[Beowulf] A bit OT - scientific workstations - recommendations

Robert G. Brown rgb at phy.duke.edu
Thu Mar 9 08:29:34 EST 2006

On Mon, 6 Mar 2006, Roland Krause wrote:

> --- Douglas Eadline <deadline at clustermonkey.net> wrote:
>>> So Joe's observation is apropos.  You engineer for your own
>> particular
>>> perception of costs of downtime and willingness to accept risks,
>>> INCLUDING the substantial cost of your own time screwing around
>> with
>>> things.
>> Sure, my definition of screwing around with things is putting it
>> in a box and sending it to the vendor for repair.
> This is not how things have worked in my experience. My experience so
> far is: First you call the vendor, you spend an hour on the phone
> rebooting the machine, checking the BIOS, explaining your problems, bla
> bla... Then, maybe, you get a RMA. Most of the time though the vendor
> will want to send you a replacement part that you are supposed to put
> in by yourself. Btw., DELL is one of the worst offenders I have ever
> dealt with in this respect.

Yah, it is a rare hardware problem that doesn't eat an hour FTE, and
many of them will eat 3-4 hours FTE, per occurrence, WITH service of one
sort or another.

With a small cluster and reasonably reliable hardware this is acceptable
or at least survivable.  With a large cluster -- 100's to 1000's of
nodes -- you can get to the point where the average rate of hardware
failures approaches one per day, taking a significant fraction of one
FTE just to deal with the service calls.

Alas, those failures are NOT necessarily uniformly distributed in time
(or even distributed by a straight poissonian process).  There is
significant clustering (bunching) of the parts that fail, the times they
fail, and the proximate causes of failure (e.g. a heating or electrical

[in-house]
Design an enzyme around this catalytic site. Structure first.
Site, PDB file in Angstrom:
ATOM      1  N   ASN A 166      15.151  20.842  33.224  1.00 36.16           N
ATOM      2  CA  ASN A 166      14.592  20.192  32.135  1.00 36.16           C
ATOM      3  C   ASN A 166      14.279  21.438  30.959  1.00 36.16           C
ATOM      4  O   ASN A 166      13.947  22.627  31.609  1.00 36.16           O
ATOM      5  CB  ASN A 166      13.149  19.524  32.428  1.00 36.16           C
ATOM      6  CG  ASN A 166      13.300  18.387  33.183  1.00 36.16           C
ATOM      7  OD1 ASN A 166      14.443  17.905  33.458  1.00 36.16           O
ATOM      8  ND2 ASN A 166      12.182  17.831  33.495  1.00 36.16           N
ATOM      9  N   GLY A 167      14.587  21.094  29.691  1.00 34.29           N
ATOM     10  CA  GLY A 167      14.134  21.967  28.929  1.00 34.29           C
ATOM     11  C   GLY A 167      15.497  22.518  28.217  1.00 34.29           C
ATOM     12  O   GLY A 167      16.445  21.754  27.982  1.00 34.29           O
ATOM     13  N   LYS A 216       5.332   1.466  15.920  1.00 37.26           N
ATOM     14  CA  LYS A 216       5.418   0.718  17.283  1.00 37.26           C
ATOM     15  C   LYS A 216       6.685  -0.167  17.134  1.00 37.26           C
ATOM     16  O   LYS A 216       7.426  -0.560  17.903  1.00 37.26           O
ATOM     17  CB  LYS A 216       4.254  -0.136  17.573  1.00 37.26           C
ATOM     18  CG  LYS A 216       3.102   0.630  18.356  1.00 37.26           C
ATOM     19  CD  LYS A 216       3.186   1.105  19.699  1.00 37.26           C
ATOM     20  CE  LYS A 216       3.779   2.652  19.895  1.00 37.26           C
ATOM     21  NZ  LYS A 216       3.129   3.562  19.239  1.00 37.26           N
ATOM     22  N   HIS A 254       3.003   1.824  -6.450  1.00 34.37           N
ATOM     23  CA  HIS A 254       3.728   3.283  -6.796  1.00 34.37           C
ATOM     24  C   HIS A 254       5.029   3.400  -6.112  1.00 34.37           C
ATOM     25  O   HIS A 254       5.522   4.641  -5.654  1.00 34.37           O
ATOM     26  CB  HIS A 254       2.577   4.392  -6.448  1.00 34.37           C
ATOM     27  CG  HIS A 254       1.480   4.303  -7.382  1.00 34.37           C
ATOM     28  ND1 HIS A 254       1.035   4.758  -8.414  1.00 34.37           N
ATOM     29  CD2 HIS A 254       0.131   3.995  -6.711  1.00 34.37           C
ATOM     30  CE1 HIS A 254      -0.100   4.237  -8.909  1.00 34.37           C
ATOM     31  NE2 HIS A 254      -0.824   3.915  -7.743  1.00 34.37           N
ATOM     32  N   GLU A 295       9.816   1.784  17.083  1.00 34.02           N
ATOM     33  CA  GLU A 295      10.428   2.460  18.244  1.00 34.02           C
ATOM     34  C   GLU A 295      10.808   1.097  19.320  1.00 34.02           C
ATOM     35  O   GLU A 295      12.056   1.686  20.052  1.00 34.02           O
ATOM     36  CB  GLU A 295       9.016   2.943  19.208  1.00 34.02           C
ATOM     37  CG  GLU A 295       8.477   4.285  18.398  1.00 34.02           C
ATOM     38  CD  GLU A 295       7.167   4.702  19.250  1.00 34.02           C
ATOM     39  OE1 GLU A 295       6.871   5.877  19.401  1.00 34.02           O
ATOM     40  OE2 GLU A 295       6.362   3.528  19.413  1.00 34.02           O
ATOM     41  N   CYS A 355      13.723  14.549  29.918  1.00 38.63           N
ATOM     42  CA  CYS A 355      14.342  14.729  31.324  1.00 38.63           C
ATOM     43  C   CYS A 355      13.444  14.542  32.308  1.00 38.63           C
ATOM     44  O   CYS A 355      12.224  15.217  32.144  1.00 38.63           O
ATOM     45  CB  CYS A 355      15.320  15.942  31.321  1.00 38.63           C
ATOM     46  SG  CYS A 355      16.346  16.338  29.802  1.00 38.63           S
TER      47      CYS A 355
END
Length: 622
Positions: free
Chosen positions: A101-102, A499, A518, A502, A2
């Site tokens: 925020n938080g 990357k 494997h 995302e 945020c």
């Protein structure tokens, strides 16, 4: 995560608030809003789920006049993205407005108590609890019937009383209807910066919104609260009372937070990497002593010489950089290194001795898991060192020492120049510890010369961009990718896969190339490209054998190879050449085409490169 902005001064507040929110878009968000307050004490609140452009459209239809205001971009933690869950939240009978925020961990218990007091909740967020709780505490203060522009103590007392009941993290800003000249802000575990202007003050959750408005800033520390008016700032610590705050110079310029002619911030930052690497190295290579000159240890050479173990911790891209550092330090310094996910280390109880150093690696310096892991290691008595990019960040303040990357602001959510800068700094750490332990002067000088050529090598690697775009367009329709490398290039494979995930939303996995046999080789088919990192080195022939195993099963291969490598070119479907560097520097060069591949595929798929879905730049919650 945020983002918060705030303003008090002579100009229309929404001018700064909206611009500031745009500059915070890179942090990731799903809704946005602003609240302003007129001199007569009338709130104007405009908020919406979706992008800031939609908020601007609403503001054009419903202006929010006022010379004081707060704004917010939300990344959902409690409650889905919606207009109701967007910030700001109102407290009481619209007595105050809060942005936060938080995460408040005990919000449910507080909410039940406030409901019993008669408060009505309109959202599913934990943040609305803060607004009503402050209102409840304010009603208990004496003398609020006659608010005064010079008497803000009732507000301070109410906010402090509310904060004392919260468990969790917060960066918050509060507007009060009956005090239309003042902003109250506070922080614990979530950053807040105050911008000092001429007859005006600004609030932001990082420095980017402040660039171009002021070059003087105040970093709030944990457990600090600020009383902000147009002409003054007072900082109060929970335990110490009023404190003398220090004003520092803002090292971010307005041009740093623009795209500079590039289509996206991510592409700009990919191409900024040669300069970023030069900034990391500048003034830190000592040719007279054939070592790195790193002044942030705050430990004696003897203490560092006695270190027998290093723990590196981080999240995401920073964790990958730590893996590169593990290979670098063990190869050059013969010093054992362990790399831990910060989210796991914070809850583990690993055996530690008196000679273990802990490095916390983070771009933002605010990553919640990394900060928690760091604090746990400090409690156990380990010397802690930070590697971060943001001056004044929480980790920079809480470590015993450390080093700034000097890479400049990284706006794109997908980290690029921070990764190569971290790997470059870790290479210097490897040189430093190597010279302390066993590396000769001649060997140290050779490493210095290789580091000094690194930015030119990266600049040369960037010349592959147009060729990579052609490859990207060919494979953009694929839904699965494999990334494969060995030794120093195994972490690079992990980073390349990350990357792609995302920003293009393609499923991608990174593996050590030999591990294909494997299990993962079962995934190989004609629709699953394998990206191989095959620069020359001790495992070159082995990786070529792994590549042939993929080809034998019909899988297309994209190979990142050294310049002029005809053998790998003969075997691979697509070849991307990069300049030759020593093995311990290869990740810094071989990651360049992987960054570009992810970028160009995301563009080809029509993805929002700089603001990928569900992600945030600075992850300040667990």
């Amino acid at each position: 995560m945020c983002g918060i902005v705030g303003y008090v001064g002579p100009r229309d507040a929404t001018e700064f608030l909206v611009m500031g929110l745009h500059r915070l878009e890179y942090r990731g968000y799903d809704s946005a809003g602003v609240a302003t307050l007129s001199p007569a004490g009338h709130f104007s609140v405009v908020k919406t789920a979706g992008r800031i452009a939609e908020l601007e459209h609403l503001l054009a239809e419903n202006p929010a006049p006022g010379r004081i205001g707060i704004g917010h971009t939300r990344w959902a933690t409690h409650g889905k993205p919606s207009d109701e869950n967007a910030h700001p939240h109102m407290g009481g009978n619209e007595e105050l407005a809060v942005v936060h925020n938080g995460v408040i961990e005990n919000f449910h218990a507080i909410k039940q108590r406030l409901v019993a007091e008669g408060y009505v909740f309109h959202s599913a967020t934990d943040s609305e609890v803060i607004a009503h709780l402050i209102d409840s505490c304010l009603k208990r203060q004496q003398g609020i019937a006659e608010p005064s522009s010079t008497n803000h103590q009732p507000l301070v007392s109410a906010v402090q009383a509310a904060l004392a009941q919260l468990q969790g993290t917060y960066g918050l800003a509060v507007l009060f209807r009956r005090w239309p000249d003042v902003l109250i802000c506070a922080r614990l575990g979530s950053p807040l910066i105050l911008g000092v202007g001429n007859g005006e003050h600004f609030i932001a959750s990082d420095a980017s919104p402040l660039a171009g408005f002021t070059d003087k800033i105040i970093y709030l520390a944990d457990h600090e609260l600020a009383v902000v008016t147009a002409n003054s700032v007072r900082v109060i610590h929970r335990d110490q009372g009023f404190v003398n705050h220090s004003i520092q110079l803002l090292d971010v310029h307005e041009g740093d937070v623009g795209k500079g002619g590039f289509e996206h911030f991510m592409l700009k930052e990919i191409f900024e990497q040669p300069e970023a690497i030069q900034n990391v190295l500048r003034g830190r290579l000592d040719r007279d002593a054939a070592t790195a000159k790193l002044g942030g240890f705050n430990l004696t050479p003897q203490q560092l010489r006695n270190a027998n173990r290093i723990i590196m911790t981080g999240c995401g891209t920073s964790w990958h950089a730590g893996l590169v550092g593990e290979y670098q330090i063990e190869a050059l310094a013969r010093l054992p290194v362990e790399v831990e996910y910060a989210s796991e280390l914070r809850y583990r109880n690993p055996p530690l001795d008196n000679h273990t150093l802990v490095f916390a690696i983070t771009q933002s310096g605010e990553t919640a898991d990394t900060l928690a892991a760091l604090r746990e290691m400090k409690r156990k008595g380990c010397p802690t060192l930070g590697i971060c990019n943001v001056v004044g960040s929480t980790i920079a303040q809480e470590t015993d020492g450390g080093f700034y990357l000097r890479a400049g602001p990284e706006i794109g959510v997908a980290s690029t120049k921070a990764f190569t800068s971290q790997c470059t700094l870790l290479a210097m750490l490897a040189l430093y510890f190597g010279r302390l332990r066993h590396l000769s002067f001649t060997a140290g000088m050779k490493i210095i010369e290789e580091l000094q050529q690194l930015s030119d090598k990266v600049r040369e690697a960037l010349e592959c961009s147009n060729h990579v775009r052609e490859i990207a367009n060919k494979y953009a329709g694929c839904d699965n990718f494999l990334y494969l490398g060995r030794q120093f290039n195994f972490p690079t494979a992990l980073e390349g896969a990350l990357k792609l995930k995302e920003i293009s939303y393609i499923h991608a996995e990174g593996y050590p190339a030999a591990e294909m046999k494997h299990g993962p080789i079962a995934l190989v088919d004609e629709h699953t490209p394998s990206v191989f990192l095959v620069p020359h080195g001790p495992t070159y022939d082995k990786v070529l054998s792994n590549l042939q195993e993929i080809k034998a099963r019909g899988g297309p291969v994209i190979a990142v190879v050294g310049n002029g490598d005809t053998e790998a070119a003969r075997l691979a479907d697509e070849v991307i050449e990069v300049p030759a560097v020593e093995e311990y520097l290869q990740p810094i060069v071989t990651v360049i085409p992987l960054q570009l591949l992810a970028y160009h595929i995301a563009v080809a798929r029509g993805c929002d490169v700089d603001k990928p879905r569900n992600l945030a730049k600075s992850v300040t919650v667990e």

bobble, a particularly "hot" job, a power supply, a bad CPU cooling fan,
a defective motherboard capacitor that blows and spews oil all over the
side of your chassis in a puff of smoke).  A couple or three service
calls a week, smoothly distributed, are annoying but manageable by a
single FTE and still leave them with time to manage the systems, help
users, work on project software, and so on.  Fifty or a hundred service
calls in a week can mean not getting anything done for an extended
period of time -- the cost in loss of productivity is huge.

Self-service is like this, only multiply all FTE time requirements by
oh, four or so and add out-of-pocket expenses for parts and the cost of
a decent bench with diagnostic hardware and tools (not a bad thing to
have in any event but essential if you're even going to HELP maintain
hardware). Then a single hardware failure is something like:

   * box dies, cause unknown

   * derack or deshelf box, put it on your bench, hook it up to local
monitor/network etc.  Open it up.  Maybe partially disassemble it to
test parts individually in your handy "this box definitely works" unit,
one at a time.

   * debug/diagnose cause of failure.  Sometimes easy (turn it on, hear
CPU fan grinding away or observe that CPU fan doesn't spin up).
Sometimes difficult -- running a memory tester for 48 hours to turn up a
handful of hard errors that are rare enough to let the system boot and